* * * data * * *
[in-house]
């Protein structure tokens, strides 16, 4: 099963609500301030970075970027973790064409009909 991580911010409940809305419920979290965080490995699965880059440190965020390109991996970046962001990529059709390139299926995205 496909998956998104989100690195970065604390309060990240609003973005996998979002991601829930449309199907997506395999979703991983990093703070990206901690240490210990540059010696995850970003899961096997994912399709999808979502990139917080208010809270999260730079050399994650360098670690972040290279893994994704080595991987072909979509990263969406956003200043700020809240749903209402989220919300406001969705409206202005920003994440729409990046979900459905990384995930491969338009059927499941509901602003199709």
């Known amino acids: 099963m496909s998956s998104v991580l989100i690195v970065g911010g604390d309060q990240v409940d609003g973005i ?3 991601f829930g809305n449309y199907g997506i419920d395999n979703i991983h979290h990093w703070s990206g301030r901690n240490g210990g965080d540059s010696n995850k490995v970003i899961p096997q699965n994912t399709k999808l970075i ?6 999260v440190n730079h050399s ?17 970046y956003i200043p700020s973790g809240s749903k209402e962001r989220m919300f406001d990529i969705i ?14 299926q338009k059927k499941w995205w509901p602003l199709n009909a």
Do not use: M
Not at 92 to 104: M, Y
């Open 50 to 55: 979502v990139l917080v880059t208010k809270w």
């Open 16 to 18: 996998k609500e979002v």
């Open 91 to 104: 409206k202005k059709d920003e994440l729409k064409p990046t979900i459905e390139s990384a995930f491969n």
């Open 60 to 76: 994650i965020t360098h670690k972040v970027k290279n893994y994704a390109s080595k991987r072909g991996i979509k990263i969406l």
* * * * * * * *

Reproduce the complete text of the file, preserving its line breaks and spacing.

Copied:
[in-house]
């Protein structure tokens, strides 16, 4: 099963609500301030970075970027973790064409009909 991580911010409940809305419920979290965080490995699965880059440190965020390109991996970046962001990529059709390139299926995205 496909998956998104989100690195970065604390309060990240609003973005996998979002991601829930449309199907997506395999979703991983990093703070990206901690240490210990540059010696995850970003899961096997994912399709999808979502990139917080208010809270999260730079050399994650360098670690972040290279893994994704080595991987072909979509990263969406956003200043700020809240749903209402989220919300406001969705409206202005920003994440729409990046979900459905990384995930491969338009059927499941509901602003199709």
């Known amino acids: 099963m496909s998956s998104v991580l989100i690195v970065g911010g604390d309060q990240v409940d609003g973005i ?3 991601f829930g809305n449309y199907g997506i419920d395999n979703i991983h979290h990093w703070s990206g301030r901690n240490g210990g965080d540059s010696n995850k490995v970003i899961p096997q699965n994912t399709k999808l970075i ?6 999260v440190n730079h050399s ?17 970046y956003i200043p700020s973790g809240s749903k209402e962001r989220m919300f406001d990529i969705i ?14 299926q338009k059927k499941w995205w509901p602003l199709n009909a």
Do not use: M
Not at 92 to 104: M, Y
């Open 50 to 55: 979502v990139l917080v880059t208010k809270w």
């Open 16 to 18: 996998k609500e979002v």
């Open 91 to 104: 409206k202005k059709d920003e994440l729409k064409p990046t979900i459905e390139s990384a995930f491969n």
């Open 60 to 76: 994650i965020t360098h670690k972040v970027k290279n893994y994704a390109s080595k991987r072909g991996i979509k990263i969406l």